Recognizing and Treating Symptoms of Influenza B

Influenza, commonly known as the flu, is a viral illness that affects millions of people each year. There are four types of influenza viruses, but the two that most commonly cause disease in humans are influenza A and influenza B. Both cause the same flu symptoms, including a runny nose, cough, fever, and body aches.

This article will outline the symptoms of influenza B and how it differs from other influenza strains. It will also answer frequently asked questions, including what causes the flu and how long flu symptoms last.

Symptoms of Influenza B

Symptoms of influenza B are generally considered milder than those caused by influenza A. However, influenza B can be just as dangerous as influenza A, especially in high-risk groups including those over 65.

Influenza A and Influenza B cause the same types of symptoms, so it’s impossible to tell which type you have from the symptoms alone. Influenza B symptoms usually appear quickly and last about a week. These are the most common flu symptoms:


Cough and chest pain are common symptoms of the flu. You may experience a stuffy nose, sneezing, and sore throat, but these symptoms are less common than coughing. Seek medical attention if you experience severe chest pain or difficulty breathing.

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Most people who get the flu have a fever that quickly lasts for three to four days. Headaches and body aches are also common and can be severe. You may also have chills and be very tired.


Although many people associate the flu with stomach symptoms like nausea and vomiting, these symptoms are rare. Children with the flu are more likely to have stomach symptoms than adults with the flu.

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How is Influenza B Treated?

In most cases, flu treatment consists of home remedies (including rest, staying hydrated, and sticking to bland, comfort foods like chicken soup) and letting the virus fend off on its own.

However, if the flu is diagnosed within the first 48 hours of symptoms, the flu can be treated with prescription antiviral drugs. This is especially important for high-risk groups, including those over the age of 65, those who are pregnant, or those with other medical conditions.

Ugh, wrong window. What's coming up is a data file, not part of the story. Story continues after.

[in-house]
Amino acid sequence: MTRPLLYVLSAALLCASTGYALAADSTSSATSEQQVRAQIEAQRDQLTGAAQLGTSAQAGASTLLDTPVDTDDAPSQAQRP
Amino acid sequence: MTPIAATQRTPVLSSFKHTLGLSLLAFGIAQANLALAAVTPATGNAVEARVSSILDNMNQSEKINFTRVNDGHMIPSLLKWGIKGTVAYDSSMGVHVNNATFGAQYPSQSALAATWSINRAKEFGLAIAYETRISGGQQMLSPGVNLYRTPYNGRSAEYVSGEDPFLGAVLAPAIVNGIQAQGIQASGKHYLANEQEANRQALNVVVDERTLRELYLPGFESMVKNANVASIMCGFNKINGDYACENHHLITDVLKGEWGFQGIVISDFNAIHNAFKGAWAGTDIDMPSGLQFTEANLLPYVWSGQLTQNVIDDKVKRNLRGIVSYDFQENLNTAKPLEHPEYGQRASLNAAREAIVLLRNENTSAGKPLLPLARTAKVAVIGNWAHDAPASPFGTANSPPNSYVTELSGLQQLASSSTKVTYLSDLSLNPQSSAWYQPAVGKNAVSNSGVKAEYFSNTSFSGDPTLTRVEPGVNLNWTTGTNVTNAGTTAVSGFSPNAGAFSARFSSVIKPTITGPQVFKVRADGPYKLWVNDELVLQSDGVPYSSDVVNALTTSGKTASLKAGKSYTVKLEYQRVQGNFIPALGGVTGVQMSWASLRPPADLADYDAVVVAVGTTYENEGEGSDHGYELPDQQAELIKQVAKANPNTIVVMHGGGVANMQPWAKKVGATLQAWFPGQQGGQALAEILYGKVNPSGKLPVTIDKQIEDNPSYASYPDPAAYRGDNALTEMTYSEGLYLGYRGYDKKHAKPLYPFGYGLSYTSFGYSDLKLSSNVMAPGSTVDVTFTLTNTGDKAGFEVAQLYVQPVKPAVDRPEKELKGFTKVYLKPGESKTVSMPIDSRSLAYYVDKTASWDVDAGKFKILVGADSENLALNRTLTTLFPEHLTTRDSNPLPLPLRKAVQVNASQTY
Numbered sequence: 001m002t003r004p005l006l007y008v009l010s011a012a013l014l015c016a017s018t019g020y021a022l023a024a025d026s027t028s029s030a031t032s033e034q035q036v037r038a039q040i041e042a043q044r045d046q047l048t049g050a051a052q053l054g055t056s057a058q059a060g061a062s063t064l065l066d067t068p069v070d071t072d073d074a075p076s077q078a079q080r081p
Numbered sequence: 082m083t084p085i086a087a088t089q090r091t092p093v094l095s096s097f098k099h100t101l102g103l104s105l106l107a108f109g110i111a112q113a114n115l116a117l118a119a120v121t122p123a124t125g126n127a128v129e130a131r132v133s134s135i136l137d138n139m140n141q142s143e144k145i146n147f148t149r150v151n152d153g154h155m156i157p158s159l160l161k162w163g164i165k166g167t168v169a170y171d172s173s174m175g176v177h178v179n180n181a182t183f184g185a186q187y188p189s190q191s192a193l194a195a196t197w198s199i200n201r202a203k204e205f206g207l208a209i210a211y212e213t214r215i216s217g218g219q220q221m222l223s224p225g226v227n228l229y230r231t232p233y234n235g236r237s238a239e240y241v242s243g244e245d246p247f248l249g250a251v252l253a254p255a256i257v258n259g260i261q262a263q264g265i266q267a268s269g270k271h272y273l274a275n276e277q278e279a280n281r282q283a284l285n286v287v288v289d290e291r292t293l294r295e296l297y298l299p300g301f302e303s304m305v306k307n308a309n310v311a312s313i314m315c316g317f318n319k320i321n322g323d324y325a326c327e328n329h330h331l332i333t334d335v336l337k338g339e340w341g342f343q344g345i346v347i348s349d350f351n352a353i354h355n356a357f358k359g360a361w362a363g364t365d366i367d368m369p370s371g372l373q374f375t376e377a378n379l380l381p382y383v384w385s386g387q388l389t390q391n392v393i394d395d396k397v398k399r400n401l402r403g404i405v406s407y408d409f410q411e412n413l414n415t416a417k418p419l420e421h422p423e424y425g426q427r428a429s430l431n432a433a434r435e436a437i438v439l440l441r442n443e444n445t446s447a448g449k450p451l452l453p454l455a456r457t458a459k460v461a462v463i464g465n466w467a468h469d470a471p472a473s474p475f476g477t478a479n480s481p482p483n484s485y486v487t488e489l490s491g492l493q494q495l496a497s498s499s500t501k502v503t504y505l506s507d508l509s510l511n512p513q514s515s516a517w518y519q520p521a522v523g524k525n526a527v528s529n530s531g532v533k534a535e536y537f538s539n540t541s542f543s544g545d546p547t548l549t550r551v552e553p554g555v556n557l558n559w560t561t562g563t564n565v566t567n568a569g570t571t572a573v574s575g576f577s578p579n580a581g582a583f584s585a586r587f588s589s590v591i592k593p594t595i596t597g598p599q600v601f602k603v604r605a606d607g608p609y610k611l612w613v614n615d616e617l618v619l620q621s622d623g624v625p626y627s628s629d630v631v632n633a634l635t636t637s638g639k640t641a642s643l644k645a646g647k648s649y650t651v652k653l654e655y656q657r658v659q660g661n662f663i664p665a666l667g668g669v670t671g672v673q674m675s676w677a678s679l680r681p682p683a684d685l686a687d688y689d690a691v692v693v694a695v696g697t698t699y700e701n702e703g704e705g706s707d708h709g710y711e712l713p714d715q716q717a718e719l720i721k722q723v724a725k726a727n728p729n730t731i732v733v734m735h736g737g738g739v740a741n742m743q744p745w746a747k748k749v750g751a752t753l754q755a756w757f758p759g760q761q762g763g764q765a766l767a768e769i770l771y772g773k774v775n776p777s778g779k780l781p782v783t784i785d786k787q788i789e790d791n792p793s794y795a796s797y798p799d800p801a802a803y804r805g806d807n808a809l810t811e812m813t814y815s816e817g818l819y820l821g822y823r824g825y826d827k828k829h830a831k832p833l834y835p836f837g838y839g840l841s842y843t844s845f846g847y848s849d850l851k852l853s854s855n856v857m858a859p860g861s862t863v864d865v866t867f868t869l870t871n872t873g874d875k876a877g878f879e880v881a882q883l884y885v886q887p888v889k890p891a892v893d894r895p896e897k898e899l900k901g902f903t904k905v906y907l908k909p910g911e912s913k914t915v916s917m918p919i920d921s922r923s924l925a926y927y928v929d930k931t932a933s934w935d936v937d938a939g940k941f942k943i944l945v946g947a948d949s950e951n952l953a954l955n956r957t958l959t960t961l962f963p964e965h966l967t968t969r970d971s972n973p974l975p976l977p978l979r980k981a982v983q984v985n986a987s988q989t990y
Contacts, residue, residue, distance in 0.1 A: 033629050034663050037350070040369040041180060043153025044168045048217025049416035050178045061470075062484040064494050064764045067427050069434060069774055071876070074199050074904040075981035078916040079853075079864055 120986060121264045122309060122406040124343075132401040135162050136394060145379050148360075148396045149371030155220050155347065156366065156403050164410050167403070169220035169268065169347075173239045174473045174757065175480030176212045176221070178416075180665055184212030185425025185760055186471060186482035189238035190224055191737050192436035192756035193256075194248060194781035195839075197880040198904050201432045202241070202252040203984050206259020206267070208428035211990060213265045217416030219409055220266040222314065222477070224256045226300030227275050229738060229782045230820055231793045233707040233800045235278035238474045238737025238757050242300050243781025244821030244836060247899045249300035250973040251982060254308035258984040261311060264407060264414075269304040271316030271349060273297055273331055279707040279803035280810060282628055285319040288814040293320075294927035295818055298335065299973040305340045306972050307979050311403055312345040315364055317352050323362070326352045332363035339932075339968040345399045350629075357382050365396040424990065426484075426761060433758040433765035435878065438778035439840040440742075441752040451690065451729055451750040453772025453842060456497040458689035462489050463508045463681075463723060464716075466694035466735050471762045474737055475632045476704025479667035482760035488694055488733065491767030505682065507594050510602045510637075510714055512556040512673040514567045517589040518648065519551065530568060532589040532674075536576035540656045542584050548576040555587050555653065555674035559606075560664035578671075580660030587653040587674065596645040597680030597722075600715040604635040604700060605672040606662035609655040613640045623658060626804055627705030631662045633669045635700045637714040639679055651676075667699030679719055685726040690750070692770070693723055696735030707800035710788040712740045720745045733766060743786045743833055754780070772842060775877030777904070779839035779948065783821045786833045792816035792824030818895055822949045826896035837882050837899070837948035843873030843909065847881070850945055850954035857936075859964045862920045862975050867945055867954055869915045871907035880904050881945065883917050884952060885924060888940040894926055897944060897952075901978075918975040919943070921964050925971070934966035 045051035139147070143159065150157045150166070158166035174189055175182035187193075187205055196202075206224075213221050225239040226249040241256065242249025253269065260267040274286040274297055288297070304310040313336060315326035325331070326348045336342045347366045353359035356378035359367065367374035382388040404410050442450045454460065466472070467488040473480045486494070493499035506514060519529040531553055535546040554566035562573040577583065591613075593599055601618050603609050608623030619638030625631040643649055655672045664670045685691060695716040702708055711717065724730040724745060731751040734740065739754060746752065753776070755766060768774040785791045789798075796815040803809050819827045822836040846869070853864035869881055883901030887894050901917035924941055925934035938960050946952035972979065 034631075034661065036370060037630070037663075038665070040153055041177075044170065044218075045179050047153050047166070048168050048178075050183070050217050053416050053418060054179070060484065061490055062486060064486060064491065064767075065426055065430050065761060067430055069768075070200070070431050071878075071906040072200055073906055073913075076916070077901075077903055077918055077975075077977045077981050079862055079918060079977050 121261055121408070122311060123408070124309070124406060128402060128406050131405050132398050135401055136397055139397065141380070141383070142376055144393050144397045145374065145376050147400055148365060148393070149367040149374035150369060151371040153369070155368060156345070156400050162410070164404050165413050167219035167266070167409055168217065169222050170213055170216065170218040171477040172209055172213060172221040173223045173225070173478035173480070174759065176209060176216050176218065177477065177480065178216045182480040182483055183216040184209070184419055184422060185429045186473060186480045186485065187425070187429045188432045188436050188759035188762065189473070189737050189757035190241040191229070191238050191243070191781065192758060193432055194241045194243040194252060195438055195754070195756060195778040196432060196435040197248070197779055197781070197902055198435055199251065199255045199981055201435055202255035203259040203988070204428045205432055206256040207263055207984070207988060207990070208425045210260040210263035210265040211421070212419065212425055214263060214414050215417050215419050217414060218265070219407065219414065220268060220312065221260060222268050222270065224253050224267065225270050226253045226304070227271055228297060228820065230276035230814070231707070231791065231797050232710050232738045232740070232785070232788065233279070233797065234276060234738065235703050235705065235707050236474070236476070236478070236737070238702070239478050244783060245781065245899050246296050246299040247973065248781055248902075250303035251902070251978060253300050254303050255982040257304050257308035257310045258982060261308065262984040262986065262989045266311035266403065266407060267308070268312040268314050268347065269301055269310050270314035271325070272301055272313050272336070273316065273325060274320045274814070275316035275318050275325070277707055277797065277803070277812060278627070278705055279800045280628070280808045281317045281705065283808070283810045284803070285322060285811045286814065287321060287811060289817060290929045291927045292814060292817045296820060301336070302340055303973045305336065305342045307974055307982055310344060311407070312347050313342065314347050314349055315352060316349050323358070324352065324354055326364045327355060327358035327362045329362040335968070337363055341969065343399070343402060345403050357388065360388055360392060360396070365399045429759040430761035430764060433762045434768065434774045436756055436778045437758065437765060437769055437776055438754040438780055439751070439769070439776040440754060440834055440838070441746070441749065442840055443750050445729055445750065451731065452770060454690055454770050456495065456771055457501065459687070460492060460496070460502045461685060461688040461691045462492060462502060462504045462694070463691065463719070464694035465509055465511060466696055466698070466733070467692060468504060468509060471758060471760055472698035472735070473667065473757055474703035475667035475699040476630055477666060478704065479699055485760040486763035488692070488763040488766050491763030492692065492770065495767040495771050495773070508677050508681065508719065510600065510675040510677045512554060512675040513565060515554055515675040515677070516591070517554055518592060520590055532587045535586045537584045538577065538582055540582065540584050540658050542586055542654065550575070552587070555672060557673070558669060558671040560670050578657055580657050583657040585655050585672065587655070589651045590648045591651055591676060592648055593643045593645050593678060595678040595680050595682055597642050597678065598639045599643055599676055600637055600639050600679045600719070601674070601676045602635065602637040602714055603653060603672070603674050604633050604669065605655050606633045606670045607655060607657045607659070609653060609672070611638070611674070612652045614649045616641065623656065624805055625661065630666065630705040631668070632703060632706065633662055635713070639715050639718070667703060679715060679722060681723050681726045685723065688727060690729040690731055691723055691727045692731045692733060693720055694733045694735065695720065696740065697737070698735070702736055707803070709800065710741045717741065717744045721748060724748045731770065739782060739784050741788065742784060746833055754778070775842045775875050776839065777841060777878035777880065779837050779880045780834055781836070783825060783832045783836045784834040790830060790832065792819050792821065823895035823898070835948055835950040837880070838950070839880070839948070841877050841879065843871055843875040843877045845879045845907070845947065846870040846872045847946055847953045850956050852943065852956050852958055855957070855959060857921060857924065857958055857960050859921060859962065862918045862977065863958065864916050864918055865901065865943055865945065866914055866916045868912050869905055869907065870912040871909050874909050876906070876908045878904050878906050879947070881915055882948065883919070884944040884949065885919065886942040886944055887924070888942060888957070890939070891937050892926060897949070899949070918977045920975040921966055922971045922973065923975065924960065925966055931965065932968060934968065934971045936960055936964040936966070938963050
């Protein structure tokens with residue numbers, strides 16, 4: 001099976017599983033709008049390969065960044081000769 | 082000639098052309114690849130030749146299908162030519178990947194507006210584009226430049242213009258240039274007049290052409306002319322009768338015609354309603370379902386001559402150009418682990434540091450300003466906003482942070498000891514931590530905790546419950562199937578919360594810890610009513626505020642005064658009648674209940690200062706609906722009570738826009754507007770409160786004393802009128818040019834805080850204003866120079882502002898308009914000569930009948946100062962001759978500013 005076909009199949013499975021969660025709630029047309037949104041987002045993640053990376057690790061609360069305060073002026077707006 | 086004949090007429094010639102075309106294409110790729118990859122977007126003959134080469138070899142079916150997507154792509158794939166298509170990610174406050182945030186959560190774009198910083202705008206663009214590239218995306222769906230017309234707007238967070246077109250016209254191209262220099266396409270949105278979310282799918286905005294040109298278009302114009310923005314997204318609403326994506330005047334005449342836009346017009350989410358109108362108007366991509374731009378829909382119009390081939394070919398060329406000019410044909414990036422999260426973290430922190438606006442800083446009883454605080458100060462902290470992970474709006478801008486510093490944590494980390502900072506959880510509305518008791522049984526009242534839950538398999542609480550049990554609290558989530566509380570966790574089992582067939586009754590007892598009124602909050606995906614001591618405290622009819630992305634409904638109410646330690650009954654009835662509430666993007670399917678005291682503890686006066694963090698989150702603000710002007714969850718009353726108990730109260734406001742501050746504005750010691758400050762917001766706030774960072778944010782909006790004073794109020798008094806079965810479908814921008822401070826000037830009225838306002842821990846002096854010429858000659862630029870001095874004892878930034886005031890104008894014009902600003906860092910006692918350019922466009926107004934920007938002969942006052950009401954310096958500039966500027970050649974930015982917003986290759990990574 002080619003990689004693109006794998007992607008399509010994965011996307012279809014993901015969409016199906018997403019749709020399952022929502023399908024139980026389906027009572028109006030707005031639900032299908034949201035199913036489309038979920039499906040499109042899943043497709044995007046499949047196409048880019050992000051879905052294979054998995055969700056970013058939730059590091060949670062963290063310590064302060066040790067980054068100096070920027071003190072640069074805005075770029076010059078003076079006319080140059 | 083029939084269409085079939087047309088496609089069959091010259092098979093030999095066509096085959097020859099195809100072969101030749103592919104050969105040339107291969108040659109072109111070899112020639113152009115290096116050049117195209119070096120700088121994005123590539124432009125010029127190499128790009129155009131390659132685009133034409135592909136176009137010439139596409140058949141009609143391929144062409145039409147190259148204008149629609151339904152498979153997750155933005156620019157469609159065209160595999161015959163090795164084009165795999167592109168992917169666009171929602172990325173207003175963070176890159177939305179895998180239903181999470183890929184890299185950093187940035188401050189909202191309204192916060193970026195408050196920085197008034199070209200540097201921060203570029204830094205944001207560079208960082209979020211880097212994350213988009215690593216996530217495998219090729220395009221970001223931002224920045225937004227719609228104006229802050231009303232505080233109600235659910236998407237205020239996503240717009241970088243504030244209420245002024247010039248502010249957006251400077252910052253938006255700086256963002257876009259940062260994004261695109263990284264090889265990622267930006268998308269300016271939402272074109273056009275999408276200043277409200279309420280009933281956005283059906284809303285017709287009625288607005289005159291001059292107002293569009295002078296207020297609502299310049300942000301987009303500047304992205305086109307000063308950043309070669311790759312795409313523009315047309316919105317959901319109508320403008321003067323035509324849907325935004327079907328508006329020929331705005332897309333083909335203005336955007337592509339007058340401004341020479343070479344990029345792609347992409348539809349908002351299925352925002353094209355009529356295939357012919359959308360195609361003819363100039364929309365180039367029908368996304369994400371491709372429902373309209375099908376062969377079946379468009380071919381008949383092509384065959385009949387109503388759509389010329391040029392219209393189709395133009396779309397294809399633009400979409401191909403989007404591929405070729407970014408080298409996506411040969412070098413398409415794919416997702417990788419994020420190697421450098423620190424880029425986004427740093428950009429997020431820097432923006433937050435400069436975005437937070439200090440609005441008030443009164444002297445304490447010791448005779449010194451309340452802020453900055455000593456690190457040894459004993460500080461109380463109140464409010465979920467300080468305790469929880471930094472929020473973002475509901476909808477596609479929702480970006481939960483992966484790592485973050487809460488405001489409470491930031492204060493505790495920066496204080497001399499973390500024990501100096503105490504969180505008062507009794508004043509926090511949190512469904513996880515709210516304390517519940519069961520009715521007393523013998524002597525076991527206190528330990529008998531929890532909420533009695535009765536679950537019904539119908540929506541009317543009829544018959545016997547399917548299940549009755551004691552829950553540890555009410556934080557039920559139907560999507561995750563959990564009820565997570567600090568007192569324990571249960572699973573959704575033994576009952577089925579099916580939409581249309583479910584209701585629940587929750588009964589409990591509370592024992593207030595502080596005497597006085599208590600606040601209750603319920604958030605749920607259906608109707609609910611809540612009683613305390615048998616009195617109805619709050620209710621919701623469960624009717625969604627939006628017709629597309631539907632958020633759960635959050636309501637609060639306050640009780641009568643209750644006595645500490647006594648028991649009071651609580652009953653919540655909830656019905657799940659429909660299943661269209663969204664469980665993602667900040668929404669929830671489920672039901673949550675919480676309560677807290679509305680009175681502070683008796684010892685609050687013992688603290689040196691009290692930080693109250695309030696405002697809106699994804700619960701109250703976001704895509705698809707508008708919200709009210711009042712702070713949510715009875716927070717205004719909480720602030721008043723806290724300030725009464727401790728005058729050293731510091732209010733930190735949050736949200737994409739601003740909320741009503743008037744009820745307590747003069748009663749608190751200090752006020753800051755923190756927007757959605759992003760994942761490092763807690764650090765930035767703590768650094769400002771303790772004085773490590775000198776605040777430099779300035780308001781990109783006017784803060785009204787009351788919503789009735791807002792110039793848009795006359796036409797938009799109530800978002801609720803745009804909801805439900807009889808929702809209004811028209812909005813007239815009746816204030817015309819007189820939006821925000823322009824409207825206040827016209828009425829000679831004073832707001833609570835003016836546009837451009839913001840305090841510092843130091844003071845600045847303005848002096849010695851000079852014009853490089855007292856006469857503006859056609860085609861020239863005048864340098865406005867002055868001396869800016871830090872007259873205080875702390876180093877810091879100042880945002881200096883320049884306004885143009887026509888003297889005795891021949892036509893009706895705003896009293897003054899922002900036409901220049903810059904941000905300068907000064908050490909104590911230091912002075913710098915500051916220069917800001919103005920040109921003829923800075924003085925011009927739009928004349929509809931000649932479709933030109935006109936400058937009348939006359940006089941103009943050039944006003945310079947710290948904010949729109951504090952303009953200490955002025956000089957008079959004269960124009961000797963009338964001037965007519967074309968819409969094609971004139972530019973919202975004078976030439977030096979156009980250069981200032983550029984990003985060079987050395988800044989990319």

Because the symptoms of influenza B can be as severe as influenza A, the Centers for Disease Control and Prevention (CDC) recommends that people over age 65 and other high-risk groups use antiviral drugs to treat influenza A and influenza B infections. If you experience flu symptoms, call your healthcare provider as soon as possible to start treatment.

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Can Influenza B be Prevented?

The best way to prevent the flu is to get the flu vaccine every year. The flu vaccine protects against the most common flu strains. During the 2021-2022 flu season, the vaccine protects against two influenza A and two influenza B strains.

In addition to getting vaccinated, you can protect yourself from the flu by practicing good hygiene, including washing your hands frequently. Influenza cases have been declining since the start of the pandemic, suggesting that COVID precautions such as social distancing and wearing masks may also help prevent the flu.

Quick Flu Vaccine Facts Everyone Should Know


There are two common types of influenza that affect humans. Influenza A and Influenza B. Infections are caused by different types of flu viruses. However, they share the same symptoms and treatments. As previously thought, influenza B is not necessarily milder than influenza A.

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VigorTip words

Treatment for the flu is the same no matter which strain of flu virus you have. Therefore, it does not matter whether you have symptoms of influenza B or influenza A. Instead of worrying, take care of yourself by resting and hydrating until you start to feel better.

If you are in a high-risk group and are experiencing flu symptoms, consider talking to your healthcare provider, who can prescribe antiviral medications. These may help speed up your recovery and reduce your risk of health complications from the flu.

Frequently Asked Questions

  • Is Influenza A or B More Serious?

    Influenza A is generally said to be more serious than influenza B. However, CDC research shows that both strains of the flu are equally dangerous.

  • How long does it take to get rid of influenza B?

    The flu usually lasts about a week. The fever usually lasts three to four days. After that, you will slowly start to feel better.

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    How long will the flu last?

  • Is Influenza B contagious?

    Yes, influenza B is contagious and spreads easily from person to person. To avoid infection, practice good hygiene, including washing your hands frequently.